18 June 2012
Christians awarded in Queen’s Birthday Honours List
Christians joined famous names including Gary Barlow and Kate Winslet on the Queen’s Birthday Honours List over the weekend.
The list recognises the achievements and services of extraordinary people across the UK, and this year 72 per cent of award recipients were named for their charitable and voluntary work in their local communities.
Among the winners were a number of Christian individuals and charities, including Patrick Regan, founder of urban youth charity XLP, who received an OBE.
He said: “I’m delighted and honoured to receive the award and would like to extend my thanks to Her Majesty, and to all those who have supported, volunteered and worked with XLP over the years to change the lives and futures of so many young people.”
Rev Les Issac, who founded the popular Street Pastors initiative in 2004 in response to gun and knife crime, also picked up an OBE. He said: "This is a great honour and is really recognition of the work that our amazing team of volunteer pastors carry out every weekend providing a much needed listening ear for people on our streets, as well as for school pupils and college students across the country during the week. I am particularly thankful for people who have worked alongside me in a joint effort to build peaceful and strong communities."
Also awarded an OBE was Debra Green, founder and national director of Redeeming Our Communities (ROC), which runs more than 50 projects aimed at creating strategic partnerships in local areas to reduce crime and anti-social behaviour.
Debra said: “This honour is a reflection of the great work being carried out across the UK through ROC projects and their amazing volunteers who are making a positive difference to their communities.
“This official recognition of our work is extremely encouraging and will act as a spur to step up our efforts to see many more examples of community transformation across the whole of the UK.”
Jean Gibson of Care for the Family Northern Ireland has been awarded an MBE for services to the community, having been the manager of the organisation for 15 years.
“While I am surprised and delighted to have been honoured in this way, I’m very conscious that there are so many others who are freely giving their time and talents to help others. In Care for the Family alone, we have around 200 volunteers across Northern Ireland. Our work could not continue without them.”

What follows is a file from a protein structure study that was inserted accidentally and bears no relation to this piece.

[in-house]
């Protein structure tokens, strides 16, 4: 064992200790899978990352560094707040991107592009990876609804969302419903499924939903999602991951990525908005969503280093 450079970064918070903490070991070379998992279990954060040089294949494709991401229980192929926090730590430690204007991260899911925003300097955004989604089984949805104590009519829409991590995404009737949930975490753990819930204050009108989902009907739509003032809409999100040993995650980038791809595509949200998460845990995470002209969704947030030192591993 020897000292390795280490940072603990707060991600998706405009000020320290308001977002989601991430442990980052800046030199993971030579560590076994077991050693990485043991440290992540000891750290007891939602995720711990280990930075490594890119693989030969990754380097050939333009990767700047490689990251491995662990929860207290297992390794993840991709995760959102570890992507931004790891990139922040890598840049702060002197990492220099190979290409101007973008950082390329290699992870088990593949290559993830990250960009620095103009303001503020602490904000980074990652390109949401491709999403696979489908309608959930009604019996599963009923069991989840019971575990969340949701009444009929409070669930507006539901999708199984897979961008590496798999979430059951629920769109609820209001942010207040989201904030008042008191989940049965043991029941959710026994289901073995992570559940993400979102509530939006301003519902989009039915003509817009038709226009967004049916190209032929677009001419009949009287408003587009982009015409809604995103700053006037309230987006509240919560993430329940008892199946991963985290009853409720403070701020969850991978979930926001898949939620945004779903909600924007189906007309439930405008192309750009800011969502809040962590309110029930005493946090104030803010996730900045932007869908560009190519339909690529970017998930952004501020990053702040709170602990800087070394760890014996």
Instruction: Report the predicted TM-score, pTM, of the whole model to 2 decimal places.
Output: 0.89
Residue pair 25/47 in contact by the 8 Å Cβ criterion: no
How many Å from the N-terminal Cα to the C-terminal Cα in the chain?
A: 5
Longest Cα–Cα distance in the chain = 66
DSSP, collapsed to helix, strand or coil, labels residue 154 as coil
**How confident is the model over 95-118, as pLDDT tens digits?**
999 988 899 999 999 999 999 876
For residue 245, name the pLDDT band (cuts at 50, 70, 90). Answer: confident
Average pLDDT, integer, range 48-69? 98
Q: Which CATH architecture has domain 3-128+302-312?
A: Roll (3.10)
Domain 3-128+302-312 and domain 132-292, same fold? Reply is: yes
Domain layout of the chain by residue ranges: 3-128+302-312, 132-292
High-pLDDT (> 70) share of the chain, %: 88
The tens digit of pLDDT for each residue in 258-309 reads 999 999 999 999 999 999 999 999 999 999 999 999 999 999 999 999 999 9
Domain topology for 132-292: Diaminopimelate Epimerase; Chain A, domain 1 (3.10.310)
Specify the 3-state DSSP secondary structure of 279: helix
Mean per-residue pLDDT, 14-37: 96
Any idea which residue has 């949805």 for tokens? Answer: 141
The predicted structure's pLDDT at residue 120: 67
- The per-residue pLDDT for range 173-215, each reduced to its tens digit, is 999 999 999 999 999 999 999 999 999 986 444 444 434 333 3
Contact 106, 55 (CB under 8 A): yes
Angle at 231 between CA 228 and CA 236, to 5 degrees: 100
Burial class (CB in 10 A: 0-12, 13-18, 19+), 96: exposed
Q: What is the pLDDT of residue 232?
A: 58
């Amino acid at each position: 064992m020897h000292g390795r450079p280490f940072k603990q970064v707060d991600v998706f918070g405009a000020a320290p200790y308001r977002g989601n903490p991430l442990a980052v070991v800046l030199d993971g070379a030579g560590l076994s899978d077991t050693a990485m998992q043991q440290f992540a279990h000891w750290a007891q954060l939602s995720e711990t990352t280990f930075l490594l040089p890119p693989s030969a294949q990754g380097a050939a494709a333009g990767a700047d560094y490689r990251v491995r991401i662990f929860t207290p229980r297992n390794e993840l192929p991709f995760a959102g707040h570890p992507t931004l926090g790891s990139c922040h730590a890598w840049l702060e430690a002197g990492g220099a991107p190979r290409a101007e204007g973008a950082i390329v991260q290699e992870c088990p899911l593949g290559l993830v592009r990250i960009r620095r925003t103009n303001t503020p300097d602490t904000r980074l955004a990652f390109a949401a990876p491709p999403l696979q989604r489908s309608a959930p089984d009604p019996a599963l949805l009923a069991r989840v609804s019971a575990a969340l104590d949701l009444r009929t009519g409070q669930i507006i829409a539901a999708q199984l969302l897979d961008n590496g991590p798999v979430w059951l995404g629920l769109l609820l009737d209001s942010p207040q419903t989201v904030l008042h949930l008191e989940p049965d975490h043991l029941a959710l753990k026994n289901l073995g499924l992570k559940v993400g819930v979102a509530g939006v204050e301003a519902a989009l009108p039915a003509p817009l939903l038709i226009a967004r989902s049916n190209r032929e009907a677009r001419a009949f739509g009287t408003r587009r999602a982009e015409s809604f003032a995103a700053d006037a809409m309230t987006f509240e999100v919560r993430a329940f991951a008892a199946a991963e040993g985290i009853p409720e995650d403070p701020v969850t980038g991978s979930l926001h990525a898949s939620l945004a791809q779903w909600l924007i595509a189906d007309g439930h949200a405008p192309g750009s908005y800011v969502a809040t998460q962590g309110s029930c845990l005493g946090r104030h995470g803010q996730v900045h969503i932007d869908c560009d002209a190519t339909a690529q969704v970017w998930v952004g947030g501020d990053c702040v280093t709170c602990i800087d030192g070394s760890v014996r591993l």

Dave Sharples (pictured above with Tony Cluskey, seven, and Darren Smith, eight, on a Kidz Klub visit in Toxteth in 2009) is known locally in Liverpool as ‘Captain Dave’. He also picked up an MBE for his commitment to the children and young people in his local area.
In his 19 years of service at Frontline Church in Liverpool running Kidz Klub, he has made more than 100,000 personal visits to inner children at their homes, getting to know local families in the process and becoming well-known in communities like Toxteth.
Dave said: “When I first moved into Toxteth with my wife Steph, God put it on our hearts to reach out and help local kids and families. Through ministries like Kidz Klub, and by using tools like the4points, we have been able to communicate the gospel in a simple and memorable way, bringing a message of hope to thousands of kids.”
Speaking of his award Dave said: “Getting an MBE is a real honour. I would like to thank all of the amazing people I have worked with over the years, particularly my wife Steph, Celia Thurgood, Nick Gillard and of course the hundreds of volunteers across the UK. This award is for all of us.”
David Smith, who established Christian charity the Boaz Trust, which provides support, food and accommodation to people seeking asylum, was one of the recipients of the British Empire Medal which was re-introduced this Jubilee year.